My journey began in May of 2008, only 6 years after losing my mother at the young age of 54 from stage 4 Ovarian Cancer, and 7 years of being married to the most wonderful husband. At the time, I had 2 children ages 2 and 4 and instead of dealing with a cancer diagnosis, I should of been enjoying my family. They are my world and my everything. Due to my family history, I was under surveillance by my doctor at a young age. I was having yearly mammograms since the age of 28 as well as, trans-vaginal ultrasounds of my ovaries. Never would I have expected that I'd get a call saying I have Breast Cancer. At the age of 34, I was diagnosed with DCIS (ductal carcinoma in situ) and my only choices at the time were to have radiation or a mastectomy. Having 2 little kids my choice was quite simple, I choose to do a DOUBLE mastectomy with reconstruction (because I felt there is no way I'm gonna let cancer win) and my husband supported my decision 100 percent.
After that I was in the clear and cancer free!!! Since my mother had breast cancer at the age of 40 and now me at 34, I was advised to get tested for the BRCA gene. Once again, I felt like I was punched in the stomach and found out that I tested BRCA 1 positive. I accepted this and tried to move on as best as I could, well why not I had 2 little kids to raise as well as being a wife to my best friend. I continued to be checked by my on/gyn every 6 months with an internal ultrasound, sonogram and ca125 bloodwork. After going over the results of the genetic testing with my doctor we all came to the agreement that by 40 years old, I should have my ovaries taken out. So keeping this in the back of my mind, I somehow continued raising my 2 little kids. I was a busy mom. I felt great and did it all. Every so often reminding myself that I needed to make that dreaded appt to have my ovaries removed.
Time past now, I turned 40 and my husband surprised me with a wonderful trip to celebrate. My kids were now in elementary school, I was exercising, I was back in shape and felt the best I ever did. So now at 40 I knew I had to go for surgery and right before turning 41. I went in for a an oopherectomy and thought this is great, I'm all set and I can continue on with my life. After about 7 days the results from pathology were in. I got a call from my doctor telling me to come into his office. I didn't know what to think... well I guess I did, but just tried to be positive. We got to the office and my Doctor sat my husband and me down. At this point I braced myself for the worst. Yup, once again, we got the dreaded news "you have ovarian cancer". I lost all control of myself, all I could think was "I'm gonna die and leave my kids, my husband, my family).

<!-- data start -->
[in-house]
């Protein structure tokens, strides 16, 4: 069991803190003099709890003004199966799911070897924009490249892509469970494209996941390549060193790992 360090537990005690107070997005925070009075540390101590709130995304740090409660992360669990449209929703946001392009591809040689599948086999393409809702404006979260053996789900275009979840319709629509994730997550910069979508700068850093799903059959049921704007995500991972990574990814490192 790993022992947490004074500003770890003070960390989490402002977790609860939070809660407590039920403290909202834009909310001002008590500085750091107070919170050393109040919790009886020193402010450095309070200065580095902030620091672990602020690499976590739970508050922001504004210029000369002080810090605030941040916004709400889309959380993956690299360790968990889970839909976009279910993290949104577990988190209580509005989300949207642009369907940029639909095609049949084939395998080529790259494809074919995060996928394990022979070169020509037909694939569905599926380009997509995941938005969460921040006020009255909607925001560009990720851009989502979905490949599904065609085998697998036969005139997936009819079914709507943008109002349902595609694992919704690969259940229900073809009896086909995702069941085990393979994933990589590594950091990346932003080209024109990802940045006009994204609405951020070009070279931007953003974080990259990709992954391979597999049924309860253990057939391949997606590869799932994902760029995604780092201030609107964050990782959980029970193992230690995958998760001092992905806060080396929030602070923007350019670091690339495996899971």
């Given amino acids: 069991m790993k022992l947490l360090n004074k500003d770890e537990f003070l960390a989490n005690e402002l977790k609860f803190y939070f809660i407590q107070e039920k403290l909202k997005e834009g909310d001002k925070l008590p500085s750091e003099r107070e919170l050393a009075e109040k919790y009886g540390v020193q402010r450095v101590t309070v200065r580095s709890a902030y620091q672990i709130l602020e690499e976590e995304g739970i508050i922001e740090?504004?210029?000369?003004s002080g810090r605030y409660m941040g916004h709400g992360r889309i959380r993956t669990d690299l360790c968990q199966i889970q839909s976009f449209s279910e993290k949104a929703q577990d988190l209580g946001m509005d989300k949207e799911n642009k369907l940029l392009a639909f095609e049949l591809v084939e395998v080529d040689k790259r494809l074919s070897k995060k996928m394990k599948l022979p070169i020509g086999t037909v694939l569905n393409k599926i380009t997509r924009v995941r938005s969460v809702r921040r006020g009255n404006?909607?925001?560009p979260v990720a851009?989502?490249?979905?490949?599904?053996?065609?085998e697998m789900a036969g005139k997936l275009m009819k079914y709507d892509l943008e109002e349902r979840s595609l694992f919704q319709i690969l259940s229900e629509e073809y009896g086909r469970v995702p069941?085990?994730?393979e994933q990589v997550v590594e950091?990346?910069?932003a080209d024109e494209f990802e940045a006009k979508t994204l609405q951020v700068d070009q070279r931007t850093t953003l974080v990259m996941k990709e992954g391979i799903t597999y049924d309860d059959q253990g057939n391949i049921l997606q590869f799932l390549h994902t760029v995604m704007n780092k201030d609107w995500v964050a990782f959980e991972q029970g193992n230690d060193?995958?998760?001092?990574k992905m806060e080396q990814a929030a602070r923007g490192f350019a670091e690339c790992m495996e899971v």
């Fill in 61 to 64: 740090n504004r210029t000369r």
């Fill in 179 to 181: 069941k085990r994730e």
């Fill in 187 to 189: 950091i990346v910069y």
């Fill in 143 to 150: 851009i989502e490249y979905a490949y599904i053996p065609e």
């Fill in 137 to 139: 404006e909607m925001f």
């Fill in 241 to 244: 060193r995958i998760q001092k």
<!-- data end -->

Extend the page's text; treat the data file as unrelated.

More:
Back to surgery, about a month later I went for a staging surgery that took about 8 hours. I woke up to find an ileostomy bag which I had for 6 months, and a catheter that I held onto for 2 weeks. (other than that I was fully debulked with no visible signs of cancer other than those wonderful microscopic cells) I felt like dying, I was in bad shape. Still thinking of my kids and husband I knew I had to be strong because I now have STAGE 3C Ovarian Cancer, which meant to me, 'I'm pretty much screwed'. I had a lot of different things going on in my head mostly about death and how did this happen after taken so much precautions.
After being in the hospital for over 2 weeks, I managed to get home and start a life with the new me. Soon after that I started chemotherapy, I achieved remission for a short 18 months and have been on and off of chemo with no other remissions since the first one.
I'm still here fighting 5 years this May!!! My kids are now 15 and 13, still my babies and immune to my different treatment regimes. My husband has been a saint throughout this, never leaving my side, never missing an appt. He along with my kids, family and friends have given me the will to keep on fighting. My mother only survived a little over 2 yrs with her Ovarian Cancer diagnosis. Today treatments have come a long way, giving us all hope to live longer.
There are many things I am grateful for but my top three would be:
1. Don't sweat the negativity, focus on the day at hand and make it the best one ever. Stop and give a hug, stop and accept a hug!
2. This disease has taught me to notice the things that I've overlooked prior to this which is nature- the sky, the birds, the smell of rain, the rainbows etc.
3. This disease has taught me to take time for me, to enjoy every deep breath, and exhale every negative thought that may enter my head. I believe that life is too short to waste on negativity. I enjoy the small things more, and I cherish every moment spent with my children and my husband. I have faith that God knows what I need....cause I don't give up in hoping or believing. My goal is to keep fighting, and see my kids grow up, and to grow old with my husband, my best friend.